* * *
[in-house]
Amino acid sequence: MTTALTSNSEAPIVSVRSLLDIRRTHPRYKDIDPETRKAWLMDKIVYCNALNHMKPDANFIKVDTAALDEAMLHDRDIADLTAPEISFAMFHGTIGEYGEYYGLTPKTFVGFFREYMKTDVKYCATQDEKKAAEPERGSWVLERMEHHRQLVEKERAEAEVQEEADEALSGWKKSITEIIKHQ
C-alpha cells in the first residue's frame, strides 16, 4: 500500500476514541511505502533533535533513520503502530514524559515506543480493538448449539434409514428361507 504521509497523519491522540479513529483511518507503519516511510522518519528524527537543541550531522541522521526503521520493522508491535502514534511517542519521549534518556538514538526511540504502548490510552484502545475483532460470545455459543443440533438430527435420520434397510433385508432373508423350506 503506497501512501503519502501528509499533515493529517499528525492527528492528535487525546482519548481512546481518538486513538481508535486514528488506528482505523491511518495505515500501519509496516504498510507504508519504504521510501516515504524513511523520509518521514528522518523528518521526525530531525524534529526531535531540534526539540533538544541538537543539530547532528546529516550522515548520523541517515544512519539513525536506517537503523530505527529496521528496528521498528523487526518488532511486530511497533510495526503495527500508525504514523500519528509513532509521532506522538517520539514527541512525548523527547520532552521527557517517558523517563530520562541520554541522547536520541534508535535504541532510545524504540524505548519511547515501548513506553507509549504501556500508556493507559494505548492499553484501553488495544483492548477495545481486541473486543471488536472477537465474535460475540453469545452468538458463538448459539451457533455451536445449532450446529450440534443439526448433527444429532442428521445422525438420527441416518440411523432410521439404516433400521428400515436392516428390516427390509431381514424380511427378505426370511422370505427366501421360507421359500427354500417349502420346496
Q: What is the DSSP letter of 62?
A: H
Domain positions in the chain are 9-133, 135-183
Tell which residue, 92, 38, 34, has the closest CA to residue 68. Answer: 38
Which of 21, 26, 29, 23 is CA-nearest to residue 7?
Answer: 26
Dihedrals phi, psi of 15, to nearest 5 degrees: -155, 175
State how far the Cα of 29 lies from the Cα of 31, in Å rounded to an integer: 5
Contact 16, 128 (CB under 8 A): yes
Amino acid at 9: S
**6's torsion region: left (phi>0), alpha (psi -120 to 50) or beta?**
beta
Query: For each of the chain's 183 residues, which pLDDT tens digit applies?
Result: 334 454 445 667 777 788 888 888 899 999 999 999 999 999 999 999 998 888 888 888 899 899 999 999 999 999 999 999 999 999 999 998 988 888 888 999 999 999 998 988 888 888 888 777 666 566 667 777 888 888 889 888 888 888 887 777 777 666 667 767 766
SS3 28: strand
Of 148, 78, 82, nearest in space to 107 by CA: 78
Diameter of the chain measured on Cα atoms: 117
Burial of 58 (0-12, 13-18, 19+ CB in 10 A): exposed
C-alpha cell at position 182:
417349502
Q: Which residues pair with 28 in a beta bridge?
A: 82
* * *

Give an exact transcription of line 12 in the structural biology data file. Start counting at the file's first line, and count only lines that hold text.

Contact 16, 128 (CB under 8 A): yes